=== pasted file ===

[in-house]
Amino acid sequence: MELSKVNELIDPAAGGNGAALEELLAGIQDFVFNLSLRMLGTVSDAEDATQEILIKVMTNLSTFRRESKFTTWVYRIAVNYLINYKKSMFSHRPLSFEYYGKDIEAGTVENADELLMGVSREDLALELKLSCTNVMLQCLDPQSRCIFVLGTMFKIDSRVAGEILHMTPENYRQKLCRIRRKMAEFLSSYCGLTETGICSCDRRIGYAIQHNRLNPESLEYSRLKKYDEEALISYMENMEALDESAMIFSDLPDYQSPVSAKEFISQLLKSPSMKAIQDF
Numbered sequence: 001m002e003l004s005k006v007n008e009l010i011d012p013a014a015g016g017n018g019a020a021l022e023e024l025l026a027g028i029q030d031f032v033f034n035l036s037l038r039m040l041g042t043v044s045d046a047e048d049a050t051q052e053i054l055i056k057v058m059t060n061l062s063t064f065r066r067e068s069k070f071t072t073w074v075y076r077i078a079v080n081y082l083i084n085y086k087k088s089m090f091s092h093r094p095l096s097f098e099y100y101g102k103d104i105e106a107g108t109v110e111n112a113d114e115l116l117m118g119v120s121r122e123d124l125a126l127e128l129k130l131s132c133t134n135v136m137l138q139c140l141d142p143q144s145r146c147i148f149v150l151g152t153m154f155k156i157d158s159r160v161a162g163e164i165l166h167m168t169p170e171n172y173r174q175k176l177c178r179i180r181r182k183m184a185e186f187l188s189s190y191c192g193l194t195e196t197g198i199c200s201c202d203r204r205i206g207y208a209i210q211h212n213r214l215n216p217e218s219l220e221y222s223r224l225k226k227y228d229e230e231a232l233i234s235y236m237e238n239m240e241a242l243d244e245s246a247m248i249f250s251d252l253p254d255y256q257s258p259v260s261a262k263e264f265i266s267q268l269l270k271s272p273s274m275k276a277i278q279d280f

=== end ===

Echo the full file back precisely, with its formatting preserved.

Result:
[in-house]
Amino acid sequence: MELSKVNELIDPAAGGNGAALEELLAGIQDFVFNLSLRMLGTVSDAEDATQEILIKVMTNLSTFRRESKFTTWVYRIAVNYLINYKKSMFSHRPLSFEYYGKDIEAGTVENADELLMGVSREDLALELKLSCTNVMLQCLDPQSRCIFVLGTMFKIDSRVAGEILHMTPENYRQKLCRIRRKMAEFLSSYCGLTETGICSCDRRIGYAIQHNRLNPESLEYSRLKKYDEEALISYMENMEALDESAMIFSDLPDYQSPVSAKEFISQLLKSPSMKAIQDF
Numbered sequence: 001m002e003l004s005k006v007n008e009l010i011d012p013a014a015g016g017n018g019a020a021l022e023e024l025l026a027g028i029q030d031f032v033f034n035l036s037l038r039m040l041g042t043v044s045d046a047e048d049a050t051q052e053i054l055i056k057v058m059t060n061l062s063t064f065r066r067e068s069k070f071t072t073w074v075y076r077i078a079v080n081y082l083i084n085y086k087k088s089m090f091s092h093r094p095l096s097f098e099y100y101g102k103d104i105e106a107g108t109v110e111n112a113d114e115l116l117m118g119v120s121r122e123d124l125a126l127e128l129k130l131s132c133t134n135v136m137l138q139c140l141d142p143q144s145r146c147i148f149v150l151g152t153m154f155k156i157d158s159r160v161a162g163e164i165l166h167m168t169p170e171n172y173r174q175k176l177c178r179i180r181r182k183m184a185e186f187l188s189s190y191c192g193l194t195e196t197g198i199c200s201c202d203r204r205i206g207y208a209i210q211h212n213r214l215n216p217e218s219l220e221y222s223r224l225k226k227y228d229e230e231a232l233i234s235y236m237e238n239m240e241a242l243d244e245s246a247m248i249f250s251d252l253p254d255y256q257s258p259v260s261a262k263e264f265i266s267q268l269l270k271s272p273s274m275k276a277i278q279d280f